Conspiracy suggests King Charles’ bodyguard has wrong hands

give him a hand

King Charles III’s “sausage hands” aren’t the only royal gloves raising eyebrows online.

A bizarre video of the new monarch’s bodyguard holding his hands in an odd position has sparked a bizarre new conspiracy theory that his karate choppers are fake. Clips spreading the wild guess are currently getting millions of views on TikTok as viewers debate whether the security detail’s gloves are real.

“King Charles Security, have some fake guns?” @jace_the_ace_ posits in one of the controversial videos with 27.4 million views. The accompanying clip shows footage that surfaced last week of King Charles III, 73, strolling around the grounds outside Buckingham Palace with his security team in tow.

The clip then zooms in on the man to King Charles III’s left, his “good” equerry Major Johnny Thompson, holding his hands together so stationary they look like a wax figure.

“The man on the left, the hand he’s holding looks suspicious,” explains the TikTok conspiracy theorist. “It looks like it’s inanimate.”

The clip then cuts to a larger white haired man posing with his left fist clenched while the right one is open and dangling, leading @jace_the_ace to speculate that his left arm is “fake”. The TikToker found it particularly suspicious that the man’s hand didn’t move, even though his arm swung as he walked. A third picture showed a bulge in the man’s left jacket pocket, believed to be a firearm.

In another video posted by @kevhead22 which has racked up 4.8million views, one of King Charles’ bodyguards can be seen adopting the same motionless position with his hands stacked as he greets the sovereign on a stroll outside Cardiff Castle accompanied. The caption reads, “What’s wrong with the bodyguard’s hands?”

Needless to say, the TikTok commentary had their own theories, with some speculating that the hands were actually decoys to distract criminals while their real mittens held their guns ready.

Bodyguards accompany King Charles III outside Buckingham Palace.

Bodyguards accompany King Charles III outside Buckingham Palace.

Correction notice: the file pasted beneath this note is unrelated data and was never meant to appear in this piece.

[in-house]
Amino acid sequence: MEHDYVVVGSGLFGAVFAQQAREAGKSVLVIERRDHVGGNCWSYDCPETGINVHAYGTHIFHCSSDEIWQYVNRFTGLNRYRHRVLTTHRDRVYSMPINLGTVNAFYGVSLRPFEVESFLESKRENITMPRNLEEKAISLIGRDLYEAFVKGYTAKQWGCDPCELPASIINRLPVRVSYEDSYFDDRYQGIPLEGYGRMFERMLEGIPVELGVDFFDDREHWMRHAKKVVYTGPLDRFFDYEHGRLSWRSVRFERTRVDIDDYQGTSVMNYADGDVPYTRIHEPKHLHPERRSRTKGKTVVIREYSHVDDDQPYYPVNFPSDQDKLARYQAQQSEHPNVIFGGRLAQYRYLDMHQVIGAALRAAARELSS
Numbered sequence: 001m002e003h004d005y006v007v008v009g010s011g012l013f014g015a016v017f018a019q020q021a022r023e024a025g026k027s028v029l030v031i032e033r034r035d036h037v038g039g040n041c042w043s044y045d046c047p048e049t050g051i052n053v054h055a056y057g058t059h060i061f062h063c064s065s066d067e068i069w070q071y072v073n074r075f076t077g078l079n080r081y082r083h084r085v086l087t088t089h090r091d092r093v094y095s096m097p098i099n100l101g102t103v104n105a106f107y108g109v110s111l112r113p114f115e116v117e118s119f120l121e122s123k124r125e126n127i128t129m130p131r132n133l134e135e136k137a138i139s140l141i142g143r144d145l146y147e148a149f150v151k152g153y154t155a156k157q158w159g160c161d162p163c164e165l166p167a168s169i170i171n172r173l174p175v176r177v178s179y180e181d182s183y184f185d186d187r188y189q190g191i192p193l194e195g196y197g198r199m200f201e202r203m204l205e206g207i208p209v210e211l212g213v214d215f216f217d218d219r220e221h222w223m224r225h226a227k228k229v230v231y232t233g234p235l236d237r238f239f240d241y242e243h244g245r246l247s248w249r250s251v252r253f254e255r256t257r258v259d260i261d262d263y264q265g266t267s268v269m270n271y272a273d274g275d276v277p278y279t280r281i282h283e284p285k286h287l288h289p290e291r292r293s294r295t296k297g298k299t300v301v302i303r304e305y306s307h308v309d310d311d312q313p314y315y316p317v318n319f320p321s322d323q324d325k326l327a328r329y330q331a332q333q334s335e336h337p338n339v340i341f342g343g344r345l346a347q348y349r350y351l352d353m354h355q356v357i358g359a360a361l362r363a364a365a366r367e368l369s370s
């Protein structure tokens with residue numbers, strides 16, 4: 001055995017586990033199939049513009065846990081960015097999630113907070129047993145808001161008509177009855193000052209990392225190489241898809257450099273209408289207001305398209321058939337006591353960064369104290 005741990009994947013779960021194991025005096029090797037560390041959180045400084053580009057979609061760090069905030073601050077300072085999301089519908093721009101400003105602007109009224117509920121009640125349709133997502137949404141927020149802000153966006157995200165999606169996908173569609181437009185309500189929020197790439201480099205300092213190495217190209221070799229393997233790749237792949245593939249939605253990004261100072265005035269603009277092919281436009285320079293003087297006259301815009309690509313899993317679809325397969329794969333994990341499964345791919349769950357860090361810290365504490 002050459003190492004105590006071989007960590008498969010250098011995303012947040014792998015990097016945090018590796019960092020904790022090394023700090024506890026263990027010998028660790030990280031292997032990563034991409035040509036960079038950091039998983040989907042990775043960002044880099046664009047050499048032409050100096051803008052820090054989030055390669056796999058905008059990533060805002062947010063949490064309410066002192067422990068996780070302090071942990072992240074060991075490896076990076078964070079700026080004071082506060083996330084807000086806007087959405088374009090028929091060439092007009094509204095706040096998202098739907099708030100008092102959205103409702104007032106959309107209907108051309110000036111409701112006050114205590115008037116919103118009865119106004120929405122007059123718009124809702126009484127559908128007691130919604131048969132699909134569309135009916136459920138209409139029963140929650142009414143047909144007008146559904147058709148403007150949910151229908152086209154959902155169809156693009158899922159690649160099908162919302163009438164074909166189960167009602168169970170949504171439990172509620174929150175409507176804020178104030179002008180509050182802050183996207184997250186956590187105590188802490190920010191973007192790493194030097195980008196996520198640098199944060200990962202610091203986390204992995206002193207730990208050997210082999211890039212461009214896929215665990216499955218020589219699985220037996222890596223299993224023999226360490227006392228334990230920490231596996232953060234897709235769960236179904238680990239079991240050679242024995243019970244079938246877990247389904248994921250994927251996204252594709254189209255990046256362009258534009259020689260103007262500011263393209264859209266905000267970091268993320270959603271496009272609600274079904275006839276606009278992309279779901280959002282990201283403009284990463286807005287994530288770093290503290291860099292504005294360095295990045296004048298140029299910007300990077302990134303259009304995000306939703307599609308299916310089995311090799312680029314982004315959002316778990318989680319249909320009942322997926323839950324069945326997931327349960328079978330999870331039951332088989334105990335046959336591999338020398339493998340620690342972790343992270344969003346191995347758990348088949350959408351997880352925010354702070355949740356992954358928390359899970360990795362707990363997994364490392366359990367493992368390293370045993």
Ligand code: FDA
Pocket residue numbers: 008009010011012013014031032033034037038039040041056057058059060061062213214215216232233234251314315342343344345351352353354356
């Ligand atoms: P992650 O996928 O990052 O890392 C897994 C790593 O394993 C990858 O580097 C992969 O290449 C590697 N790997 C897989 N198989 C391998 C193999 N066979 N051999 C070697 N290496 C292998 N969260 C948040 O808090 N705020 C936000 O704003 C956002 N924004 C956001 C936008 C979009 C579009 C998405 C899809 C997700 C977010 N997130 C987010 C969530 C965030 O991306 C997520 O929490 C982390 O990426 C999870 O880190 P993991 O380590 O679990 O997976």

A closeup of a bodyguard's clasped hands.

A closeup of a bodyguard’s clasped hands.


TikTok conspiracy theorists postulate that the hands of King Charles III's bodyguards  are actually fake.

TikTok conspiracy theorists postulate that the hands of King Charles III’s bodyguards are fake.


“In case the real hand is already on his gun,” said one online conspiracy theorist, while another wrote, “That’s because he’s an armed guard, his real hand is in his jacket holding the gun.” , this is neither new nor a secret. ”

A bodyguard added: “Intelligence agencies do this in America too. prop hands. Your real hand is on a loaded gun under your jacket.”

“The right arm is real, the left is fake so it can conceal a weapon on standby,” said another.

A poster found it suspicious that this bodyguard's hand did not change position even while walking.
A poster found it suspicious that this bodyguard’s hand did not change position even while walking.
TikTok / @jase_the_ace_
Upcoming tinfoil hat makers on TikTok theorized that the bodyguards possessed baited hands to distract would-be assassins, while their actual mittens held their guns ready.
TikTok theorized that the bodyguards possessed decoy hands to distract would-be assassins, while their actual mittens held their guns ready.
TikTok / @jase_the_ace_

However, security experts have since dismissed this false hand theory.

“These are definitely not wrong hands,” Will Geddes, a former bodyguard with 30 years of experience, told Metro. “I can understand why some people might think it was because of an incredibly tight grip, but they definitely aren’t.”

He added: “It’s not a tactic used in the UK at all, there could be all sorts of other tricks and stunts security officials use to make sure high profile people are safe, but this wouldn’t be one of them. “

The former security service concluded with the cheeky quip that while counterfeit gloves “could be used in the US, where they tend to be deductible”, they are not used in the UK.

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